Home > Articles > Business & Management > Finance & Investing

  • Print
  • + Share This
This chapter is from the book

Financial Shock

The foundation of a systemic financial crisis was in place by early 2007. The securitization frenzy had been in full swing for several years, pumping out trillions of dollars in debt backed by increasingly shaky mortgages. Excessive lending was fueling both homebuilding and buying, pushing prices to levels that made single-family housing unaffordable to more and more families. The market was increasingly dominated by speculators.

A type of euphoria had taken hold. After several decades of almost continual economic growth, punctuated by only brief and shallow recessions, many believed the business cycle had been tamed. Globalization, sophisticated financial markets, and expertly managed monetary policy meant any financial crises and recessions would be mild and short-lived. Some dubbed this new era the Great Moderation.

Such thinking empowered more risk-taking, not just in the mortgage and housing markets but throughout the financial system. Credit spreads—the difference between interest rates on riskier bonds and on risk-free Treasury securities—narrowed dramatically as investors bought risky assets with increasing abandon. Representative of this was the extraordinarily thin 2.5 percentage-point gap between the interest rate on lower rated or “junk” corporate bonds and that on 10-year Treasuries (see Figure 1.5). In normal times, this spread would be closer to 5 percentage points. During the financial panic it was more than 20 percentage points.

Figure 1.5

Figure 1.5. High-yield corporate bond spread to 10-year Treasuries, basis points.

Sources: Federal Reserve, Bloomberg, Moody’s Analytics

The euphoria held the seeds of its own destruction. Investors had become overextended in every direction, and increasingly confused by the dizzying complexity of the things they were blindly investing in. Securities were broken into pieces or tranches, each holding a different amount of risk. Tranches of different securities were packaged together to form collateralized debt obligations, and insurance policies known as credit default swaps were written to pay off in case these securities defaulted. CDOs made up of CDSs were becoming popular.

The financial system had become so opaque that more sophisticated investors began to take advantage of those who couldn’t keep up, selling securities with the expectation that their prices would fall. Some investors even bought the riskiest tranches of securities simply to make sure the rest could be sold and then bet big that the securities would fall apart. This Alice-in-Wonderland strategy reaped enormous profits, as the money lost on the riskiest tranches was more than made up by bets against the rest. 7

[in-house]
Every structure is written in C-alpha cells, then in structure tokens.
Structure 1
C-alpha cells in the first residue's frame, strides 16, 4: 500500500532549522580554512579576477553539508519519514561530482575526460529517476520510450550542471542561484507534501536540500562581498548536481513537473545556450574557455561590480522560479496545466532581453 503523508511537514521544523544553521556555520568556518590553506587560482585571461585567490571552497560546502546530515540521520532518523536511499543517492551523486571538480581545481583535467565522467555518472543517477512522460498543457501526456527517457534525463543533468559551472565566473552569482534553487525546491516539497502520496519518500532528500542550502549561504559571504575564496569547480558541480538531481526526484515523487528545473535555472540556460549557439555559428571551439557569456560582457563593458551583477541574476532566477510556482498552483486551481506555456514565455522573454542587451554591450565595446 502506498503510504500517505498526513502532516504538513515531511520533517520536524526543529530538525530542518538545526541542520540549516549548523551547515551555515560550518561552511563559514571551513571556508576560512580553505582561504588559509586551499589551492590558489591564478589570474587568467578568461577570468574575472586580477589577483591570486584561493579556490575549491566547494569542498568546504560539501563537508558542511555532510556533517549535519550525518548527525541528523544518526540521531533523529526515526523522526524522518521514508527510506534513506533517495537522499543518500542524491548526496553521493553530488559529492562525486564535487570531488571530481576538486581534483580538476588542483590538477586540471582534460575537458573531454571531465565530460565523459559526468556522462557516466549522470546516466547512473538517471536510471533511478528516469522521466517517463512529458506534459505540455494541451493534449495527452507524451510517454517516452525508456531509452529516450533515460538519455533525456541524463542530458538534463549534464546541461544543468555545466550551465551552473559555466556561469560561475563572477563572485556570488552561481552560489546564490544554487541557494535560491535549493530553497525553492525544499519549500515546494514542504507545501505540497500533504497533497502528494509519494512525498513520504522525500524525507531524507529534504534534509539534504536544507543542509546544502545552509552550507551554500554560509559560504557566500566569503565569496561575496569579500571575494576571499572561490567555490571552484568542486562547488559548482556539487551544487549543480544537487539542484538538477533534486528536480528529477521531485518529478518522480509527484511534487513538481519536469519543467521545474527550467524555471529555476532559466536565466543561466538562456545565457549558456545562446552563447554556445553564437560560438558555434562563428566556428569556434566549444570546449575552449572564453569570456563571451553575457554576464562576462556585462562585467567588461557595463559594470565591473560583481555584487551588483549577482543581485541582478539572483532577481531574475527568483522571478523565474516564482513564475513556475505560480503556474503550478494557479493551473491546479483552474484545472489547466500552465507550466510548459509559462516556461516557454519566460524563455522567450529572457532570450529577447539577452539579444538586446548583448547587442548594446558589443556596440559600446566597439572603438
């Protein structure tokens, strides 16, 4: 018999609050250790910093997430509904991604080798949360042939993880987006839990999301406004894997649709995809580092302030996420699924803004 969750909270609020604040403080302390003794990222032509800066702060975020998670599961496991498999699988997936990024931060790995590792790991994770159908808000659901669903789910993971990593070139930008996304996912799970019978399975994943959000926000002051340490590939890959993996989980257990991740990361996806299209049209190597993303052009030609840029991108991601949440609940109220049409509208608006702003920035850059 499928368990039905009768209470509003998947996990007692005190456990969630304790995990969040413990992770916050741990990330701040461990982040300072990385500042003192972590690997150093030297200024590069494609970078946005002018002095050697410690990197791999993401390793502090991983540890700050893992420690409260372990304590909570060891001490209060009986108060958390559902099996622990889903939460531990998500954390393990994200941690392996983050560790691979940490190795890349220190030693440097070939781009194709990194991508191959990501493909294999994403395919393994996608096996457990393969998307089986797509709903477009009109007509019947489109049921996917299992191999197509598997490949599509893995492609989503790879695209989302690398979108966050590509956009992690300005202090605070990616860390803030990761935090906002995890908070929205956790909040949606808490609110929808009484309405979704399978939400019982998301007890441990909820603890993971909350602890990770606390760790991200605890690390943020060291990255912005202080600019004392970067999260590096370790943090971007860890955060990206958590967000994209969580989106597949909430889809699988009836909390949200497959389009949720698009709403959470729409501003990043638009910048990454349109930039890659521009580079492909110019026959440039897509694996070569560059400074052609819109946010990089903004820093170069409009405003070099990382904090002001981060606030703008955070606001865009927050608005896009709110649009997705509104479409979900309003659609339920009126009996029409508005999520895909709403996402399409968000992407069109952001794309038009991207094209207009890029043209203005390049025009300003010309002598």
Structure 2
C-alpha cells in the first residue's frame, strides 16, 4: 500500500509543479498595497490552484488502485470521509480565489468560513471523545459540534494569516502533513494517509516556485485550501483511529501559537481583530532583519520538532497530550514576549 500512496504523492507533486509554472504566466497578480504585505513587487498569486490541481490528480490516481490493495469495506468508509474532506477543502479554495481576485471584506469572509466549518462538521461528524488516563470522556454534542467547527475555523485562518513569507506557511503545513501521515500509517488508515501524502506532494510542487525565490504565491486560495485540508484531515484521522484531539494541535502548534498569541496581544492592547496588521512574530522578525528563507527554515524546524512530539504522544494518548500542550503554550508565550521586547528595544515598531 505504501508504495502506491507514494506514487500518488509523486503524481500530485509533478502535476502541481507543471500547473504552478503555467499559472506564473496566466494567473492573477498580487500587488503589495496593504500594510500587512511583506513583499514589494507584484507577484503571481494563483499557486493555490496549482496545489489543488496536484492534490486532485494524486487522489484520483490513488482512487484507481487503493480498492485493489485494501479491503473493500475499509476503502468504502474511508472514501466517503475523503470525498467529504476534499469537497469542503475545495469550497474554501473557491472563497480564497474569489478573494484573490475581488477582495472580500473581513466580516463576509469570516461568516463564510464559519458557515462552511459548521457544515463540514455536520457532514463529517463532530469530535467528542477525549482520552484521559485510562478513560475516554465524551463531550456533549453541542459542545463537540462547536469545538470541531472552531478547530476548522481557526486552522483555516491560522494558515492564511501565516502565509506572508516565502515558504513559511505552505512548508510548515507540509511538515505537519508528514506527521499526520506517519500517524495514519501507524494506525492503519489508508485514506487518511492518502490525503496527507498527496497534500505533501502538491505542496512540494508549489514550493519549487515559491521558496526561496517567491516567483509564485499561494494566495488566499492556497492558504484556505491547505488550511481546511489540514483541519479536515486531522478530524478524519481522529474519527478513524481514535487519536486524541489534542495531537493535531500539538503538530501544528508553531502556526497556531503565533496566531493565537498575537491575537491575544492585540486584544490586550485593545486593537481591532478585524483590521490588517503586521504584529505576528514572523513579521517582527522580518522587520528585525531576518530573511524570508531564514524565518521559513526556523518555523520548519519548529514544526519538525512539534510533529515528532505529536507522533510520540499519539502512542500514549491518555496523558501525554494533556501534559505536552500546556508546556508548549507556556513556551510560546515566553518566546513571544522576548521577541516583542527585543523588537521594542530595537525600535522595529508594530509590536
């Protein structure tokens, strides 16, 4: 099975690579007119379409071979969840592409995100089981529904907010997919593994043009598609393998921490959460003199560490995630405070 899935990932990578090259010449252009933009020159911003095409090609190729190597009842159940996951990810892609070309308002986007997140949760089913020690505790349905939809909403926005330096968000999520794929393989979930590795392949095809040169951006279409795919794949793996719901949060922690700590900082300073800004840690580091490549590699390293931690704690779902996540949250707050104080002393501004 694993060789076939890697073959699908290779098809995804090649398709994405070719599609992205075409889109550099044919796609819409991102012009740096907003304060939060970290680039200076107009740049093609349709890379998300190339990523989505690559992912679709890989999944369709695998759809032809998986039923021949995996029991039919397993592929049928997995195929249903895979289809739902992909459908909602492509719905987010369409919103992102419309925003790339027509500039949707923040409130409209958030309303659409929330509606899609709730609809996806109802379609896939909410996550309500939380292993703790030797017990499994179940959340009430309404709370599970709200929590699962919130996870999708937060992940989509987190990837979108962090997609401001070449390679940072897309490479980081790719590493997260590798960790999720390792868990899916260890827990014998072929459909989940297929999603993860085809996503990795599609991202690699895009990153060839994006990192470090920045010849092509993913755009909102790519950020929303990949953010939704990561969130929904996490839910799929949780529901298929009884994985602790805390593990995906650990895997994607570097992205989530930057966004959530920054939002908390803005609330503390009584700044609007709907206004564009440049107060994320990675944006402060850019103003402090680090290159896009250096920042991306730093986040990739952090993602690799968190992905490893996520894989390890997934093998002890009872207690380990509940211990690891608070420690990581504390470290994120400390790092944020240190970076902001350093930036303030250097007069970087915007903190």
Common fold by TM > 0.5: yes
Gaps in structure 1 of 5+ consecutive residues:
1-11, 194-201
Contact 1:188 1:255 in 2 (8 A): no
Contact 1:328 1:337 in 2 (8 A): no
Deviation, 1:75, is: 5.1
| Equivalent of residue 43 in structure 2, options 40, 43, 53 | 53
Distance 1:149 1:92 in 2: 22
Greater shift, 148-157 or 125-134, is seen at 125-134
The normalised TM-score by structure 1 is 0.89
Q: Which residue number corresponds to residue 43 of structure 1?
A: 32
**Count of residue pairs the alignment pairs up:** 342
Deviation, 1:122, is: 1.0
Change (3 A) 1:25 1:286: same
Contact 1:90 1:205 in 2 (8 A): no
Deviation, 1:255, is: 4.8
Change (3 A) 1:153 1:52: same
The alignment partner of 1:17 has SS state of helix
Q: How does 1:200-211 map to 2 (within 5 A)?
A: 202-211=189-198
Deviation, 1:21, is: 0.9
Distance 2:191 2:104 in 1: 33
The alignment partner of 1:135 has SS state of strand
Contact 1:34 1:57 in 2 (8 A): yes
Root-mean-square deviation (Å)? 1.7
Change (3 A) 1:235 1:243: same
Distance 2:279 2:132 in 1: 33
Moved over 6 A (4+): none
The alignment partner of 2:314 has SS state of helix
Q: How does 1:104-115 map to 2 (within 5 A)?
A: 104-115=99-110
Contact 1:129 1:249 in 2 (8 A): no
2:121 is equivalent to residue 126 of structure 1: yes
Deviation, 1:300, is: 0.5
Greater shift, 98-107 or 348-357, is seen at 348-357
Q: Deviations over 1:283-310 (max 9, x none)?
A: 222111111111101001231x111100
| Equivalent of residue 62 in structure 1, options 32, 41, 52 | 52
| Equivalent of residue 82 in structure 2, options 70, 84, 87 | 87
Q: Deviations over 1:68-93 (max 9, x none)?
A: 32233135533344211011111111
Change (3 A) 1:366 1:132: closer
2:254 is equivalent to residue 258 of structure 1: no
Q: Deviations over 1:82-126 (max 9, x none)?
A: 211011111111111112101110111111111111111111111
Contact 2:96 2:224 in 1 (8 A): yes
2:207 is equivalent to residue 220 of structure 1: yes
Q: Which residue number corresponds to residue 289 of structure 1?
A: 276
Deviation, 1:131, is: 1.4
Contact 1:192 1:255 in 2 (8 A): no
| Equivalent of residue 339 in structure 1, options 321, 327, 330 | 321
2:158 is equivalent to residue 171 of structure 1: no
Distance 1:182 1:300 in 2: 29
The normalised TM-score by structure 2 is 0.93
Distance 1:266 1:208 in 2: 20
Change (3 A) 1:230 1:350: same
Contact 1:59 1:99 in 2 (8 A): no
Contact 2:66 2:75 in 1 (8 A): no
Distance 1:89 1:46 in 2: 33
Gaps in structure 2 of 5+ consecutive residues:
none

The first clear cracks in the financial system appeared in early 2007, as mortgage lenders began reporting mounting delinquencies and defaults. In early March, global banking behemoth HSBC warned that it faced large losses on mortgage investments. HSBC had purchased subprime lender Household Finance not long before, hoping to cash in on the U.S. housing boom. Instead, HSBC became the first big victim. 8 Smaller finance companies were also reporting dismal earnings, driven by souring mortgage loans, but HSBC was the first big firm to acknowledge a problem. 9 Subprime mortgage lending became a dirty word on Wall Street.

By summer, the blue-chip investment house Bear Stearns was also in trouble. Bear was a big player in the mortgage world, originating loans, securitizing them, and selling them to investors, or to itself through hedge funds it controlled. Two of Bear’s funds had run into trouble as the value of their mortgage securities began to fall. Bear put additional money into the funds to shore them up and secured loans from other banks collateralized by the funds’ assets, but it all came undone in just a few weeks as house prices and the value of mortgage securities continued to plunge.

Bear’s problems began to threaten the wider financial system. Spreads began to widen between Libor—the London Interbank Offered Rate, which large banks pay when they loan each other money—and Treasury yields (see Figure 1.6). This signaled mounting angst in the financial system. Banks were even charging their biggest peers more for loans, out of fear they wouldn’t be repaid. Sensing trouble, the Federal Reserve finally began to cut its benchmark interest rate in August but did so too slowly and too late. 10

Figure 1.6

Figure 1.6. Difference between three-month Libor and Treasury bill yields.

Source: Federal Reserve Board

Bear Stearns was forced to sell itself at a fire-sale price in March 2008. By then, no one was willing to lend it money, and with cash running out, the firm turned to the Federal Reserve for help. But Bear received less help than it had hoped for. Rather than bailing it out, the Fed arranged a sale of the firm, offering JPMorgan Chase an attractive loan to sweeten the deal. It was a classic response by the central bank: Instead of allowing a large financial firm to collapse in a disorderly bankruptcy that could disrupt the system, the government stepped in. Bear was not the first big Wall Street firm to be deemed too big to fail: hedge fund Long-Term Capital Management had received similar treatment during the Asian crisis in 1998. So had Citigroup when it faced trouble over bum commercial real estate deals in the early 1990s. Bear shareholders took a big hit, but the company’s creditors were made whole.